New Public Charge Rule Rescinded: How it Affects your Green Card Application?

A U.S. Federal Court in Illinois issued a decision rescinding the new Public Charge Rule of the Department of Homeland Security on November 2, 2020. The implementation by the U.S. Citizenship and Immigration Services (“USCIS”) of the new Public Charge Rule is halted. Thus, this Rescinded Public Charge Rule shall not be enforced by the USCIS. We suspect an appeal of the decision of the court.

This news is a welcome respite for some Green Card applicants who are struggling to survive during this Coronavirus pandemic lockdowns. These immigrants are worried that due to the Public Charge Rule their Green Card applications shall be denied if they seek public assistance such as food stamps, Medicaid or housing assistance.

If you are interested to know more about obtaining permanent residency in the U.S., please read our other article about Different Paths to Obtaining a U.S. Green Card.

US Immigration Laws.  Public Charge Rule.

New Public Charge Rule Rescinded by USCIS

Under section 212(a)(4) of the Immigration and Nationality Act (“INA”), 8 U.S.C. 1182(a)(4), “any alien who at the time of application for a visa or who at the time of application for admission or adjustment of status, is likely at any time to become a public charge is inadmissible.”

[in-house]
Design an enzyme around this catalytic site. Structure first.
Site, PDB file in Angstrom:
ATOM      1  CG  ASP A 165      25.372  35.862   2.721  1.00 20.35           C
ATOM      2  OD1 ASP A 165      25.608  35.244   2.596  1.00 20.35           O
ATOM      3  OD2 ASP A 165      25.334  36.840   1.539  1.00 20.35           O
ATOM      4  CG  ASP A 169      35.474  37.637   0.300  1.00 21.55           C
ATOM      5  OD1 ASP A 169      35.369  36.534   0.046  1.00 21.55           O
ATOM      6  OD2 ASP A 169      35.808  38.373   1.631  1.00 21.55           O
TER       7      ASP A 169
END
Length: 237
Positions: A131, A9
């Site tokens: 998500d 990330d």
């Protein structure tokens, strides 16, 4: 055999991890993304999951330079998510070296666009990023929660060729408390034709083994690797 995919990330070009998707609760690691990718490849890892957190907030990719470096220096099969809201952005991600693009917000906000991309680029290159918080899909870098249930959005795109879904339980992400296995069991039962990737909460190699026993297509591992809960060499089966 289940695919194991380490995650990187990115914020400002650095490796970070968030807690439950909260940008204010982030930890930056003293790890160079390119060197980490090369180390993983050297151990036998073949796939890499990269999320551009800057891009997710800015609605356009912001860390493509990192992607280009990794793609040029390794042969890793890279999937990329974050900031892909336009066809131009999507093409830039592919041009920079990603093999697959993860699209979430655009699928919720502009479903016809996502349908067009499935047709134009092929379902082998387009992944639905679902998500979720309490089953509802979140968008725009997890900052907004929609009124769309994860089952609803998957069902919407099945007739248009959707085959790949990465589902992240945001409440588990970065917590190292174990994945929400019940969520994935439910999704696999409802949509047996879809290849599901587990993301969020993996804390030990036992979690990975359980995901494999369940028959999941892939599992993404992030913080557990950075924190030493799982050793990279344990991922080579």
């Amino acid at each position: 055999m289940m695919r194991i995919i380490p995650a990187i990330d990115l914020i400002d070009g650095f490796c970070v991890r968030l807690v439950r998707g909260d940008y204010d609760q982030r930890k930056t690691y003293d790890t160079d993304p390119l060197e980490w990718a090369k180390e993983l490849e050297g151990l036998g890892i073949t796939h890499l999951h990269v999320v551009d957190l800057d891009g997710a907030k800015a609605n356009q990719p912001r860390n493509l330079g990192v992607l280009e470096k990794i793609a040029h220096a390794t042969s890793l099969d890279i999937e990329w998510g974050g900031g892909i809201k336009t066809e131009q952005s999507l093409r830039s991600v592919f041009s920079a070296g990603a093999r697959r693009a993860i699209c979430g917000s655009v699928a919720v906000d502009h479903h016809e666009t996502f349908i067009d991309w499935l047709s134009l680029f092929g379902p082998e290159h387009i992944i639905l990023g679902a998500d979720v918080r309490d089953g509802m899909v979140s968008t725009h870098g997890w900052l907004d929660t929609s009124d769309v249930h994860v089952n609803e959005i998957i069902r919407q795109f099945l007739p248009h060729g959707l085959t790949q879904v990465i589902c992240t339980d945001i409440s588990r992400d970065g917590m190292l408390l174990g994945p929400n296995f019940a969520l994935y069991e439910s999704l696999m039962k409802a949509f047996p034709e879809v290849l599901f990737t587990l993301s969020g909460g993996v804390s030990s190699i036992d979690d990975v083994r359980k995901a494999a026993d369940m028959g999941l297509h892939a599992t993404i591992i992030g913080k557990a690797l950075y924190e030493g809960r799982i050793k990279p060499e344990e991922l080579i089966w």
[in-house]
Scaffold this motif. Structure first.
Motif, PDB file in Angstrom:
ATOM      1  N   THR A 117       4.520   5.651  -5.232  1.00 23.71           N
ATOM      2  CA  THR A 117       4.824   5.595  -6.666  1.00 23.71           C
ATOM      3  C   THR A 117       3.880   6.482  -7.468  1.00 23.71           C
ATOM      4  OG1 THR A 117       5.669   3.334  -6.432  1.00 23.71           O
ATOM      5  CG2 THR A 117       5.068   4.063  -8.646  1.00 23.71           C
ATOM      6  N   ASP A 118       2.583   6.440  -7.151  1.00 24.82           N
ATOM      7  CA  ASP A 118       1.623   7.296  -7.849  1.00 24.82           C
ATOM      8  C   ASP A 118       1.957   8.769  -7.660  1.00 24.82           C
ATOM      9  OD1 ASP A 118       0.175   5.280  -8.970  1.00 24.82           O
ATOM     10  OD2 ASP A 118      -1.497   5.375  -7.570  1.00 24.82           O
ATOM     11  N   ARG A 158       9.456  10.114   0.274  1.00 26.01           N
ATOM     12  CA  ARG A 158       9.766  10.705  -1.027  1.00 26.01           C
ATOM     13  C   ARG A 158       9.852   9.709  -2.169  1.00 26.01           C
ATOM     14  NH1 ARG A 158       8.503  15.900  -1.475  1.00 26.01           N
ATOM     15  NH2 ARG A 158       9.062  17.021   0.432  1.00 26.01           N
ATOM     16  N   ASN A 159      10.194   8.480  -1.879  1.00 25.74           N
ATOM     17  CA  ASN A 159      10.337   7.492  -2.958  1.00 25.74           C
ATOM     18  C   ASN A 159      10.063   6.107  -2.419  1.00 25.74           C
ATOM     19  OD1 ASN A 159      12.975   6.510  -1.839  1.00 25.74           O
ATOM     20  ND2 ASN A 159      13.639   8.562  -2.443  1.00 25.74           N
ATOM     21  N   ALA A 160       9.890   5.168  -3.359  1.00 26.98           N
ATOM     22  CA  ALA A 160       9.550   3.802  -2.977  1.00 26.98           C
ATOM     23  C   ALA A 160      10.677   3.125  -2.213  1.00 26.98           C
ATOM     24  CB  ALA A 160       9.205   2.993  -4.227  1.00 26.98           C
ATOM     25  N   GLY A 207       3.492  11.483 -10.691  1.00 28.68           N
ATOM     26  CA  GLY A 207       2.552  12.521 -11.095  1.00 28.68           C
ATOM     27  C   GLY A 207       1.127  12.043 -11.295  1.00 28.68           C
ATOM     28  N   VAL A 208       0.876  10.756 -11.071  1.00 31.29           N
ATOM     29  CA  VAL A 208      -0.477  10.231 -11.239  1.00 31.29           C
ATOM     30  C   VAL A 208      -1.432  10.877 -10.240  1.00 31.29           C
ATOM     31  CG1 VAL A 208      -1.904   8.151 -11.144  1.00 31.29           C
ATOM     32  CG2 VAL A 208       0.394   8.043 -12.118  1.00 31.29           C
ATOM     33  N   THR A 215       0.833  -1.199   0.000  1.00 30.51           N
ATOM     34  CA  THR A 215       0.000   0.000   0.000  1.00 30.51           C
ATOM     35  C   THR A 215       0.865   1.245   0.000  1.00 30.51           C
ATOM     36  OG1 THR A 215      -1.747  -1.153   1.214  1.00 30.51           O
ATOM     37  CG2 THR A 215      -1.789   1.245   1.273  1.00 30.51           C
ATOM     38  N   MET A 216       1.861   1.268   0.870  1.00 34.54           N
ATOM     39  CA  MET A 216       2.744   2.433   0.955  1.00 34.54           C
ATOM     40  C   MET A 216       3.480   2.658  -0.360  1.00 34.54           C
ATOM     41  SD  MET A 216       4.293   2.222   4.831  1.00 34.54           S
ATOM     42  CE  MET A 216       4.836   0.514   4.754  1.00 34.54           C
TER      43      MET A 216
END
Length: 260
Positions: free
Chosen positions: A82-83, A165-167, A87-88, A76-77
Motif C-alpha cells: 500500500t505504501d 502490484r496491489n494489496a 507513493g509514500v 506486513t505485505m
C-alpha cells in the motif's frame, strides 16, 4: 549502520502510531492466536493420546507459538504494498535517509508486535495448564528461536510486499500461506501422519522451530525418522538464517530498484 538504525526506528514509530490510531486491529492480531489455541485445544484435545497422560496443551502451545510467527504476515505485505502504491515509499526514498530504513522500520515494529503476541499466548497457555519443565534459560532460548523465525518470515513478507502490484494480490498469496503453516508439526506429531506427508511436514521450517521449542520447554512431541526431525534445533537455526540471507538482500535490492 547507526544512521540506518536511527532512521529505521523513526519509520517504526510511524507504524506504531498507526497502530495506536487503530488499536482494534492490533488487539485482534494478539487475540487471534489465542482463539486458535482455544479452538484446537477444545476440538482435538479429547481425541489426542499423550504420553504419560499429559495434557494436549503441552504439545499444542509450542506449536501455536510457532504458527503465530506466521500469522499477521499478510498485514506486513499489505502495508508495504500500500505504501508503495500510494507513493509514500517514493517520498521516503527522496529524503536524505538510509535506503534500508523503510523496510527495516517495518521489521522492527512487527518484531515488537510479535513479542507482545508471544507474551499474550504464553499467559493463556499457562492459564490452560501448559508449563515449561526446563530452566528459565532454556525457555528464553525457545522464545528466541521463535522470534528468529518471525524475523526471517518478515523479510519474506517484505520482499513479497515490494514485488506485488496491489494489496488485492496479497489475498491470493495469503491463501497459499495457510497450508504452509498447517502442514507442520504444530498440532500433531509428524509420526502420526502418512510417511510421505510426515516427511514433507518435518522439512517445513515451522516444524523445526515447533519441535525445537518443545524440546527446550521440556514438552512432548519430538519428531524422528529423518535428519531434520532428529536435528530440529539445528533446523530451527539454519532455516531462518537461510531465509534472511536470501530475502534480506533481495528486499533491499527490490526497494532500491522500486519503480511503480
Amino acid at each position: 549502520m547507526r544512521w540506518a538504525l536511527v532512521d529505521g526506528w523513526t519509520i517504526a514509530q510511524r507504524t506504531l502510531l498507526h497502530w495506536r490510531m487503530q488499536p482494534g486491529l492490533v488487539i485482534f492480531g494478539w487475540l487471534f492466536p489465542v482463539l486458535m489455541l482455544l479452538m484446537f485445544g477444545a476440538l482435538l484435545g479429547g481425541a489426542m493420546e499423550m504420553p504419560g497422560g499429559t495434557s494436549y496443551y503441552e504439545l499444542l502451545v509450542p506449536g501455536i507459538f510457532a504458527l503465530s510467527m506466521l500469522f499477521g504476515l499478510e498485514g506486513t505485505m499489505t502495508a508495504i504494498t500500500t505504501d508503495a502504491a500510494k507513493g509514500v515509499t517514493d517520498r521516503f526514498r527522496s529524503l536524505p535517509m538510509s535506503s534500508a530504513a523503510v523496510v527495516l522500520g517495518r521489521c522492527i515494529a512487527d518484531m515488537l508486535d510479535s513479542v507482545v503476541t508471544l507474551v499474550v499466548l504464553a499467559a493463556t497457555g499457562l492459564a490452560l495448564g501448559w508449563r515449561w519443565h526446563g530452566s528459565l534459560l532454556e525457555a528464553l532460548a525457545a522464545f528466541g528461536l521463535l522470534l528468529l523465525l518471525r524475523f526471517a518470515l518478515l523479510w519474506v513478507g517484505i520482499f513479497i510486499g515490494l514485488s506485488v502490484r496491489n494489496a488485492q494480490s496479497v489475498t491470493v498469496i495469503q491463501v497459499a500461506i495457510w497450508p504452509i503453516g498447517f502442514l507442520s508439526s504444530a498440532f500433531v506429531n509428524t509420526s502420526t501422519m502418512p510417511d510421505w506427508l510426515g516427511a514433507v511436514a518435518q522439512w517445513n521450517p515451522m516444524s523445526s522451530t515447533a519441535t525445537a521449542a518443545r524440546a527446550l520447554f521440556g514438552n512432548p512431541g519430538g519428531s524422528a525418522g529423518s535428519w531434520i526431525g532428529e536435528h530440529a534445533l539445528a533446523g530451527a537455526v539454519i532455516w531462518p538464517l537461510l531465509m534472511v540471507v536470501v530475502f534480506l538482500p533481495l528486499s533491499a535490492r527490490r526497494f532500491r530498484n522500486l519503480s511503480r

The Public Charge Rule was first enacted by the United States Congress in 1882. The Public Charge Rule was implemented to broadly allow the U.S. government to deny a visa for entry to the United States to anyone who “is likely at any time to become a public charge. ” Prior administrations defined a Public Charge in a much more limiting fashion than the Trump Administration, thus, allowing more immigrants that receive or may receive public assistance to earn a U.S. visa.

Thus, in short, the recently Rescinded Public Charge Rule expanded the public charge definition, from that of other administration, and thus broadened the definition of inadmissible aliens who are disqualified from receiving a U.S. visa or U.S. Green Card.

The following chart, briefly, illustrates the salient differences between the “Current Public Charge Rule” and the “Rescinded Public Charge Rule.” We shall update the reader when more is known on this issue and if the Trump Administration shall pursue an appeal of this decision.

Current Public Charge RuleRescinded Public Charge Rule
Public charge is defined as “person who is primarily dependent on the Government for subsistence, as demonstrated by either receipt of public cash assistance for income maintenance or institutionalization for long-term care at Government expense.”Public charge is defined as an “alien who receives one or more designated public benefits for more than 12 months in the aggregate within a 36-month period.”
Non-cash benefits such as Medicaid, food stamps, etc. are not considered in determining whether the alien is likely to become a public charge.The new rule includes in the definition of public benefit not only cash benefits but also Medicaid, housing vouchers, food stamps etc.
Factors to be considered in determining whether on is likely to become public charge: “Age, health, family status, assets, resources, and financial status, and education and skills.”Factors to be considered in determining whether one is likely to become public charge: “Age, health, family status, assets, resources and financial status and expected period of admission, and sufficiency of Form-864 and Form I-864EZ when required.”

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